Friday, 1 August 2014
Last updated 5 hours ago
Jul 11 2013 | 12:15pm ET
Spurned by the major proxy advisory services in his battle against the sale of Dell Inc., Carl Icahn is changing tack again.
The billionaire, who owns an 8.7% stake in Dell, told fellow investors that he planned to exercise appraisal rights on his shares as allowed under Delaware law. He urged them to follow suit, writing that if enough do so, company founder Michael Dell and private-equity firm Silver Lake Partners may be forced to raise their $24.4 billion offer for the company.
The move is a big risk: The Delaware court could find that Dell shares are worth less than the $13.65 offered by Michael Dell and Silver Lake, but Icahn expressed confidence.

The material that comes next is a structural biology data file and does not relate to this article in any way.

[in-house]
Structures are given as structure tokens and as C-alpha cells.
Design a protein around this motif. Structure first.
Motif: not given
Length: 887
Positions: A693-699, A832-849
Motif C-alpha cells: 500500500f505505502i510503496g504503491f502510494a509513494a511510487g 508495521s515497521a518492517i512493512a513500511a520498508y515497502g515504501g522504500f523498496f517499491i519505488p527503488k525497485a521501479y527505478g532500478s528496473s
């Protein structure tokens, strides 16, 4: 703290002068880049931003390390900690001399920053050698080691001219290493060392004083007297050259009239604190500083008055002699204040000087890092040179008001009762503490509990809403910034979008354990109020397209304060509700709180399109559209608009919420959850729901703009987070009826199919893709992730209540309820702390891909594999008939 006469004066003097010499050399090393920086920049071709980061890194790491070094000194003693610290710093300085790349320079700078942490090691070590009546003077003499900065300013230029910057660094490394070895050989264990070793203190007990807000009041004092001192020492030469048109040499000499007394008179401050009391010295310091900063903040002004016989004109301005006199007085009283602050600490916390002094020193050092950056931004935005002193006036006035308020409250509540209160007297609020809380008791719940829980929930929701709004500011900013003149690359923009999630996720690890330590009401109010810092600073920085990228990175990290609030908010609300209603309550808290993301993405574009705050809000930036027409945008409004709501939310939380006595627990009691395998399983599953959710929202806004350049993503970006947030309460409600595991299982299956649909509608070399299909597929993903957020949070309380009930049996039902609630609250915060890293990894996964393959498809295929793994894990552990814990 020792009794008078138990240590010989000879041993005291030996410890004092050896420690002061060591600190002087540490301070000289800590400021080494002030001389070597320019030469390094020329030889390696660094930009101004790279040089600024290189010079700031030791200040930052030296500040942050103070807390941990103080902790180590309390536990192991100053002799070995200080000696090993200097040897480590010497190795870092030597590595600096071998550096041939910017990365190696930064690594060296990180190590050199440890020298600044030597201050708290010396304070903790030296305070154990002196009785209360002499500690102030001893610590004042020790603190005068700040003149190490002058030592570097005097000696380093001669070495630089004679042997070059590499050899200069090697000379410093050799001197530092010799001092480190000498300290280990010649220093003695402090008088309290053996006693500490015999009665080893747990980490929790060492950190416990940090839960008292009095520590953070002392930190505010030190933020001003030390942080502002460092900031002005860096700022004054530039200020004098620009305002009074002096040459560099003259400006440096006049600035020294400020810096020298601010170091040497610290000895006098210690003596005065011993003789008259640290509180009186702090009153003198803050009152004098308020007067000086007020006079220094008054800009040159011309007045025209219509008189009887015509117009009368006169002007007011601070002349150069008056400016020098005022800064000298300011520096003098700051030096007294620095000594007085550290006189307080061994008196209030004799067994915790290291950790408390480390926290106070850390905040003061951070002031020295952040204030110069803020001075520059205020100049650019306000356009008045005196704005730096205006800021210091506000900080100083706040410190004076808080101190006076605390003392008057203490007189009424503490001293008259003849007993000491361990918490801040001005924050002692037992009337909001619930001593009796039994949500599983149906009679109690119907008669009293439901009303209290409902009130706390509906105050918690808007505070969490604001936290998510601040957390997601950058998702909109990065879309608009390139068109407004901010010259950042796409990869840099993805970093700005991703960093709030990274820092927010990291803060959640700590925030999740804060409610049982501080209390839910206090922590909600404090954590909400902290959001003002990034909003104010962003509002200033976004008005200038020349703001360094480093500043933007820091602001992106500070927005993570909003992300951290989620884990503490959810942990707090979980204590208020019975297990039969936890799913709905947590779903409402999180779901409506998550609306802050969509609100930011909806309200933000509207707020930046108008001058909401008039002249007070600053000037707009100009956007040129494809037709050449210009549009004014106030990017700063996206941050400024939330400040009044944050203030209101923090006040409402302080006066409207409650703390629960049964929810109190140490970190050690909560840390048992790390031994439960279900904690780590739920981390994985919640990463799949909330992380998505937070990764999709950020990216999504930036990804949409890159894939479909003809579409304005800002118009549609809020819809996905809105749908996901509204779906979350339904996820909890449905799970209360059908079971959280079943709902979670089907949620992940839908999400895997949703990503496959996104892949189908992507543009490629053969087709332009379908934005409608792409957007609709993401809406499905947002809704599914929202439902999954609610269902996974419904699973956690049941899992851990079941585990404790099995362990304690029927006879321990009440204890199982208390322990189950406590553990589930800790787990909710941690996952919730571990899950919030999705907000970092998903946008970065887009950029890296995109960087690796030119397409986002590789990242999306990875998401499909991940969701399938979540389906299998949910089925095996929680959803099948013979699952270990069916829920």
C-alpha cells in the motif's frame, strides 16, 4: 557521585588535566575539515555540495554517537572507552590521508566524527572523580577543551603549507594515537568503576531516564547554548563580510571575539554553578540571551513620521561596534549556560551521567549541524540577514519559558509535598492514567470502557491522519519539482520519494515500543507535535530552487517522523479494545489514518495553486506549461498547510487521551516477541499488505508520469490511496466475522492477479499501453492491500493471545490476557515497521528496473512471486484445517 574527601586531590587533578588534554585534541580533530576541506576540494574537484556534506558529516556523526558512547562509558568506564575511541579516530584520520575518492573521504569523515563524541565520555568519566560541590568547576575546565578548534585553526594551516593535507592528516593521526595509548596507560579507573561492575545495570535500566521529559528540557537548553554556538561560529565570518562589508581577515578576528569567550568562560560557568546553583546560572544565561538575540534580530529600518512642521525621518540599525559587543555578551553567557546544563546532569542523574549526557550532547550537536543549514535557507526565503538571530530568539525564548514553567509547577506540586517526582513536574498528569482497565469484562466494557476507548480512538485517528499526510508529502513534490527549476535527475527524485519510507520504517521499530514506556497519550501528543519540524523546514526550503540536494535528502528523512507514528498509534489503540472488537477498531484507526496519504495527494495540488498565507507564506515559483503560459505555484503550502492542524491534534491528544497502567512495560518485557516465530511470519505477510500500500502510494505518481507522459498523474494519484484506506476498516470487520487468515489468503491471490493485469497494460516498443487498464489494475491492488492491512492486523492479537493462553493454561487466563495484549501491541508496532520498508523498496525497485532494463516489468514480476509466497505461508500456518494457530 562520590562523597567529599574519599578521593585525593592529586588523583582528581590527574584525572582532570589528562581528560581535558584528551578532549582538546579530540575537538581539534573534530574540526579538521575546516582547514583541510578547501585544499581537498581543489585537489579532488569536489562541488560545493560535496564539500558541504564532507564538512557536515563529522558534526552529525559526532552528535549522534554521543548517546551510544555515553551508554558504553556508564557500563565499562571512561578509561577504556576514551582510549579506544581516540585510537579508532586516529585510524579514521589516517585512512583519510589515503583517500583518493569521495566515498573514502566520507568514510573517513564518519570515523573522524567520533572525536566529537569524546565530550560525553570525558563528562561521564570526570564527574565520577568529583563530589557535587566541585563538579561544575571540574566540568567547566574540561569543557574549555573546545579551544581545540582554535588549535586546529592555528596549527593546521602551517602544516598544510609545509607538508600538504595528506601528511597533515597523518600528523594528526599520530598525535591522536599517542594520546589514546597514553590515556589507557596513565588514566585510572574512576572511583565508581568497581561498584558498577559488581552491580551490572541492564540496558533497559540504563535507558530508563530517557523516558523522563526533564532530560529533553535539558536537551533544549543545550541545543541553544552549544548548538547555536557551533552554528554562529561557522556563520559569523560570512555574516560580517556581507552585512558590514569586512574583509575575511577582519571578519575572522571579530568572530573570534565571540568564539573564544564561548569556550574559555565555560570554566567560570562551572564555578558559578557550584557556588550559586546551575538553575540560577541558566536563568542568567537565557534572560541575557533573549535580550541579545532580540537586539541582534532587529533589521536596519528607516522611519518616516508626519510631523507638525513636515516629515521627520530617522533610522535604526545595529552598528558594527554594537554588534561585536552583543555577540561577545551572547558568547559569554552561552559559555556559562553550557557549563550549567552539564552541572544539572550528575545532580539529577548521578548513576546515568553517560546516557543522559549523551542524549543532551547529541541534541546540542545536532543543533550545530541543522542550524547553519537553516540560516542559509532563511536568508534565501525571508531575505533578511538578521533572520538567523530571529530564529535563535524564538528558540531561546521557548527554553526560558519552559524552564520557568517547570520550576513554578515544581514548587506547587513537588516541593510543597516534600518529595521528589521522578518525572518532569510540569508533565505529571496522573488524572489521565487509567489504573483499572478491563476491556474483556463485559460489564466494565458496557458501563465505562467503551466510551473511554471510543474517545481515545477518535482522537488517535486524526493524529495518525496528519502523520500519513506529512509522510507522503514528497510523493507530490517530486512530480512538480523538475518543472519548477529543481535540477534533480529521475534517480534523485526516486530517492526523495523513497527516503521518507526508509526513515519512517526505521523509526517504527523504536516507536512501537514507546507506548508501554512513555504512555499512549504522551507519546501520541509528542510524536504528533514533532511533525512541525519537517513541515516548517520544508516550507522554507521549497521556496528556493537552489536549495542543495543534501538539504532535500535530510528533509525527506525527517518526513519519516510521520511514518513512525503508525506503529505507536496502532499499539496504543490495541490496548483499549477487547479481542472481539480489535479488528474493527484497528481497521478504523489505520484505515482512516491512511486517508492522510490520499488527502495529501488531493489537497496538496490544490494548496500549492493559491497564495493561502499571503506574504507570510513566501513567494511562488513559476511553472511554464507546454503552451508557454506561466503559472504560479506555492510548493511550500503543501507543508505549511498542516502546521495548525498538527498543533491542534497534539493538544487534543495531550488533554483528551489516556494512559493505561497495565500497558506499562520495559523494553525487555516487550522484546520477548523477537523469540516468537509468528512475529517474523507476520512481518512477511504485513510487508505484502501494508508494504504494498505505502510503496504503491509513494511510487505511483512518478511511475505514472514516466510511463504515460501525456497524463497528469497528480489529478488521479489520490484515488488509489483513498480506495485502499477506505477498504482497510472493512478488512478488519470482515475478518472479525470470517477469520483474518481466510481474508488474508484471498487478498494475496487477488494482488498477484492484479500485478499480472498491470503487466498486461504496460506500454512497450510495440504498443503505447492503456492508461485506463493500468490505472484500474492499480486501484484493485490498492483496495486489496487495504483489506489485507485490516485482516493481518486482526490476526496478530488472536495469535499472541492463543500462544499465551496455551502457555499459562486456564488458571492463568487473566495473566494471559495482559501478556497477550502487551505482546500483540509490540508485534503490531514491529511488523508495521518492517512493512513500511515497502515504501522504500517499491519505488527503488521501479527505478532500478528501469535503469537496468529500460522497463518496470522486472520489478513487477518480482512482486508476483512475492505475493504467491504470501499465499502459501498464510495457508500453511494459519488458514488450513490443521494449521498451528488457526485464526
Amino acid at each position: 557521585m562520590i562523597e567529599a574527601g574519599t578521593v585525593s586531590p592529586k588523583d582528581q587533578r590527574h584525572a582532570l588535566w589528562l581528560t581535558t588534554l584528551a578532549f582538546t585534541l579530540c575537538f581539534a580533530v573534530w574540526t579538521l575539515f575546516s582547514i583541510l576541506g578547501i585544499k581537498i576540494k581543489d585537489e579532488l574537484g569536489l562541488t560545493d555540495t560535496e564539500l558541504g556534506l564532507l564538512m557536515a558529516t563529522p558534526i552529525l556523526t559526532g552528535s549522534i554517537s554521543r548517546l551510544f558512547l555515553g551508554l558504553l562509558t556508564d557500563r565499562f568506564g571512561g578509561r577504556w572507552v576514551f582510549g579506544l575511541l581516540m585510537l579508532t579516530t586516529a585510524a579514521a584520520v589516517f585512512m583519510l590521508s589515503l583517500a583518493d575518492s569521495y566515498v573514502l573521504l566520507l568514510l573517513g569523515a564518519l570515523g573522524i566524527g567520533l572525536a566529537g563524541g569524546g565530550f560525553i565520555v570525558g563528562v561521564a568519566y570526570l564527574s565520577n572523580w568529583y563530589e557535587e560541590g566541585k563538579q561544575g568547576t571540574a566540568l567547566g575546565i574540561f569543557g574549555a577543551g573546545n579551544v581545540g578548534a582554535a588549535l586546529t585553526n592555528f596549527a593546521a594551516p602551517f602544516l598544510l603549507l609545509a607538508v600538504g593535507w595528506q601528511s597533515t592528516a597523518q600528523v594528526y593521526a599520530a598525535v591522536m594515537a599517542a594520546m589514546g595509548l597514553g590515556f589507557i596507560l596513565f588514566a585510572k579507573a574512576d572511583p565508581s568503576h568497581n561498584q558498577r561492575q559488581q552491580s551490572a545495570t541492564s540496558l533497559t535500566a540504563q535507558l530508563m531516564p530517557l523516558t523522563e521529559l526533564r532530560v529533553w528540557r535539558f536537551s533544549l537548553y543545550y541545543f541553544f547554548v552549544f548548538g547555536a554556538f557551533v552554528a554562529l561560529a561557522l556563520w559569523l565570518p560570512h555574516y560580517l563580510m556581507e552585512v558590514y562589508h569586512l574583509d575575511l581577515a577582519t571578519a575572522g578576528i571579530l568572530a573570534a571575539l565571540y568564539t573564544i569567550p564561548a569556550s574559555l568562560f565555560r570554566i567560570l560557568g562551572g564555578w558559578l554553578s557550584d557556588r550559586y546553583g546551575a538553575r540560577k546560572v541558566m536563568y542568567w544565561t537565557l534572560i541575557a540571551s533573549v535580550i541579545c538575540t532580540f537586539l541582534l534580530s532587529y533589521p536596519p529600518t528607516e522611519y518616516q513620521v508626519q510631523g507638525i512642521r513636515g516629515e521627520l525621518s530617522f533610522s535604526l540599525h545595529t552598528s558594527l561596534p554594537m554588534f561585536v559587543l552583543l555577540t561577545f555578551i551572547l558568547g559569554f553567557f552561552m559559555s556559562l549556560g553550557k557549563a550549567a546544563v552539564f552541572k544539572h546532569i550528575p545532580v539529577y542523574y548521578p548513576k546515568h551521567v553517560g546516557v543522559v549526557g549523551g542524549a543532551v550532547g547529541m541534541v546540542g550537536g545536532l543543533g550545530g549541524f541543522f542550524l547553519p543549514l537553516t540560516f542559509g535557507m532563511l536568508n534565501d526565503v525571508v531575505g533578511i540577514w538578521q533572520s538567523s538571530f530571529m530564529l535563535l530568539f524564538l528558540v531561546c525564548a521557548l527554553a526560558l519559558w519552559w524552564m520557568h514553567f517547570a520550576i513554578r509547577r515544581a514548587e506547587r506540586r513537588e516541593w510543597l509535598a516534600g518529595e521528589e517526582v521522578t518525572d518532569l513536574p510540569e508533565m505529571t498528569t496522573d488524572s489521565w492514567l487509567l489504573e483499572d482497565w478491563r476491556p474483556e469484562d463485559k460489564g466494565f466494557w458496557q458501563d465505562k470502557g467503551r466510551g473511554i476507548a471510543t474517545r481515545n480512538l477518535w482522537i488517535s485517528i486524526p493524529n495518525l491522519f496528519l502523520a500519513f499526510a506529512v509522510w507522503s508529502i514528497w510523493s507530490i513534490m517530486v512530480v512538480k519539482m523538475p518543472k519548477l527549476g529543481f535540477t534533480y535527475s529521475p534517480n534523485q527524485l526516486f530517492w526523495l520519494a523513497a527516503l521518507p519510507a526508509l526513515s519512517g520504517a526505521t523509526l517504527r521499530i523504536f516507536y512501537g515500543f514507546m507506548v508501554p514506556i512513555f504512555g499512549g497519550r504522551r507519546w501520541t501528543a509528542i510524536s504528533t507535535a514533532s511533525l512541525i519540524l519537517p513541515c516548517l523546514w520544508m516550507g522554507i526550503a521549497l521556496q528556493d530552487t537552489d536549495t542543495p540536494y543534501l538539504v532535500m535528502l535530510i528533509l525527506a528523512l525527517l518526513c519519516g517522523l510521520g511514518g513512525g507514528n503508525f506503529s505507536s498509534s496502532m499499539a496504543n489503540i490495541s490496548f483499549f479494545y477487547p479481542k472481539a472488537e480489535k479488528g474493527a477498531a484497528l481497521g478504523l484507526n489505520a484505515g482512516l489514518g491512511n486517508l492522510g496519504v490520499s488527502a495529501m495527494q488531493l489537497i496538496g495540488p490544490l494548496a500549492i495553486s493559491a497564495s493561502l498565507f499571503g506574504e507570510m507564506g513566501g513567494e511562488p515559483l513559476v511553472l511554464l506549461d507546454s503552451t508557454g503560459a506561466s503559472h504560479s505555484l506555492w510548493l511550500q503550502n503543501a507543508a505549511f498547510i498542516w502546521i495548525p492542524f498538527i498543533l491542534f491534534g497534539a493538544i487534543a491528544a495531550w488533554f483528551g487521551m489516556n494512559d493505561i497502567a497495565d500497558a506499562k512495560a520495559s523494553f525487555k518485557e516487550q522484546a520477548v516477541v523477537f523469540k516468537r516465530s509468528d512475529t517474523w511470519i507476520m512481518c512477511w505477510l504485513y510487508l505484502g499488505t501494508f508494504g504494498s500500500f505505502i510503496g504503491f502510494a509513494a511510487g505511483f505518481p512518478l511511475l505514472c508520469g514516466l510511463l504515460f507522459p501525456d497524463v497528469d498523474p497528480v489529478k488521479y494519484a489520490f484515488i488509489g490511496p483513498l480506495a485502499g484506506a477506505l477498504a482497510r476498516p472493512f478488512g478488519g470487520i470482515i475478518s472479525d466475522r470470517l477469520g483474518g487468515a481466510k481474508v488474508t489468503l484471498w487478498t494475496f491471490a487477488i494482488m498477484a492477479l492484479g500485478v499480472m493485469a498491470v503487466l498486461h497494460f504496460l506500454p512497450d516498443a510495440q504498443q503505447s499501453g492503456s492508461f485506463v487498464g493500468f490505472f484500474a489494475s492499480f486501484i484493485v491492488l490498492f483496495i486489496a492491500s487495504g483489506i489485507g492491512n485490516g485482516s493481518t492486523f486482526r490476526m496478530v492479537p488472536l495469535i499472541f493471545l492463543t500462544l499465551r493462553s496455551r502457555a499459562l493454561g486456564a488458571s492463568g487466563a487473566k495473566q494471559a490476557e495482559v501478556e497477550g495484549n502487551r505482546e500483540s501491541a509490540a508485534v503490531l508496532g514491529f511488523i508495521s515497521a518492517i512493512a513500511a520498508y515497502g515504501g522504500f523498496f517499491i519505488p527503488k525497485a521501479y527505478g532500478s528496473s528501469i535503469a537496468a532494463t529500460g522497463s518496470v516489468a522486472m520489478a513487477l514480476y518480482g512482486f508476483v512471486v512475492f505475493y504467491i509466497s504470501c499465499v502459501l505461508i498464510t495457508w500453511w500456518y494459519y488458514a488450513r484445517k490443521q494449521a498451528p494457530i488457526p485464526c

"We believe the $13.64 merger price substantially undervalues your Dell shares, and we believe if you seek appraisal, you will receive more," Icahn said. He said if a sufficient mass of investors vote against the deal and seek appraisal, it would put "significant pressure" on Michael Dell and Silver Lake during the 60-day period in which dissenters can change their vote. The deadline for voting is a week from today.
The appraisal move follows a series of other attempts by Icahn to undermine the deal. An earlier effort to take control of the company via a leveraged recapitalization was abandoned in favor of a $14 billion share buyback plan. Last month, a Delaware Chancery Court judge rejected Icahn's bid to block the buyout, ruling that there is no "plausible, conceivable basis in which to conclude that it is a colorable possibility that you could deem the choices made by this board to be unreasonable with all the different safeguards."
Icahn this week canceled a meeting with the special committee of Dell's board that is overseeing the sale.